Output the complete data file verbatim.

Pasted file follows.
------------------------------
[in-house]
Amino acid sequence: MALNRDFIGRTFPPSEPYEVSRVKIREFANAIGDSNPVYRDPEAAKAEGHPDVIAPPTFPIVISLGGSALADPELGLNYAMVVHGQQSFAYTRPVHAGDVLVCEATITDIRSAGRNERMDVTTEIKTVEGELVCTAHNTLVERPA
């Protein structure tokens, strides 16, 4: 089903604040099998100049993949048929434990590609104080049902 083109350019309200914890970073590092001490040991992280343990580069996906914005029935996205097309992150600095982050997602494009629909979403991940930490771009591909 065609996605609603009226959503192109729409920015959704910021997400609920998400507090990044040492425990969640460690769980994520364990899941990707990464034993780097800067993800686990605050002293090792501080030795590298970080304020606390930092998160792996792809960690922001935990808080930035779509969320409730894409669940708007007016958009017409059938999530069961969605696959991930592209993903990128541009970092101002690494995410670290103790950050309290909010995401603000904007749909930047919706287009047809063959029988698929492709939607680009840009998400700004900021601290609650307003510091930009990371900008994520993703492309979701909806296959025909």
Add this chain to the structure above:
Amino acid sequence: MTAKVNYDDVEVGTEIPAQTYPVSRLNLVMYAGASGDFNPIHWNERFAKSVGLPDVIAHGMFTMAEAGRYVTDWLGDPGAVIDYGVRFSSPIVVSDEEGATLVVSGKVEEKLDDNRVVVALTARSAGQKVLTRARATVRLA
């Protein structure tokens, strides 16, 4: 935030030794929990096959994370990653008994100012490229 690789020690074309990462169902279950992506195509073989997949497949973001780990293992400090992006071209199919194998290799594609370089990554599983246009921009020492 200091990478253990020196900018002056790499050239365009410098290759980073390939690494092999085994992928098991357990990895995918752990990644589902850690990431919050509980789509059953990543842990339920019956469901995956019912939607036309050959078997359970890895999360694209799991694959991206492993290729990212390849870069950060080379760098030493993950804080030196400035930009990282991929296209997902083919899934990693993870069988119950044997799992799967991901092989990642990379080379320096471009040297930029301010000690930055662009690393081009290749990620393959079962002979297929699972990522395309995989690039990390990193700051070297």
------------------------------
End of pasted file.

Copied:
[in-house]
Amino acid sequence: MALNRDFIGRTFPPSEPYEVSRVKIREFANAIGDSNPVYRDPEAAKAEGHPDVIAPPTFPIVISLGGSALADPELGLNYAMVVHGQQSFAYTRPVHAGDVLVCEATITDIRSAGRNERMDVTTEIKTVEGELVCTAHNTLVERPA
């Protein structure tokens, strides 16, 4: 089903604040099998100049993949048929434990590609104080049902 083109350019309200914890970073590092001490040991992280343990580069996906914005029935996205097309992150600095982050997602494009629909979403991940930490771009591909 065609996605609603009226959503192109729409920015959704910021997400609920998400507090990044040492425990969640460690769980994520364990899941990707990464034993780097800067993800686990605050002293090792501080030795590298970080304020606390930092998160792996792809960690922001935990808080930035779509969320409730894409669940708007007016958009017409059938999530069961969605696959991930592209993903990128541009970092101002690494995410670290103790950050309290909010995401603000904007749909930047919706287009047809063959029988698929492709939607680009840009998400700004900021601290609650307003510091930009990371900008994520993703492309979701909806296959025909």
Add this chain to the structure above:
Amino acid sequence: MTAKVNYDDVEVGTEIPAQTYPVSRLNLVMYAGASGDFNPIHWNERFAKSVGLPDVIAHGMFTMAEAGRYVTDWLGDPGAVIDYGVRFSSPIVVSDEEGATLVVSGKVEEKLDDNRVVVALTARSAGQKVLTRARATVRLA
């Protein structure tokens, strides 16, 4: 935030030794929990096959994370990653008994100012490229 690789020690074309990462169902279950992506195509073989997949497949973001780990293992400090992006071209199919194998290799594609370089990554599983246009921009020492 200091990478253990020196900018002056790499050239365009410098290759980073390939690494092999085994992928098991357990990895995918752990990644589902850690990431919050509980789509059953990543842990339920019956469901995956019912939607036309050959078997359970890895999360694209799991694959991206492993290729990212390849870069950060080379760098030493993950804080030196400035930009990282991929296209997902083919899934990693993870069988119950044997799992799967991901092989990642990379080379320096471009040297930029301010000690930055662009690393081009290749990620393959079962002979297929699972990522395309995989690039990390990193700051070297």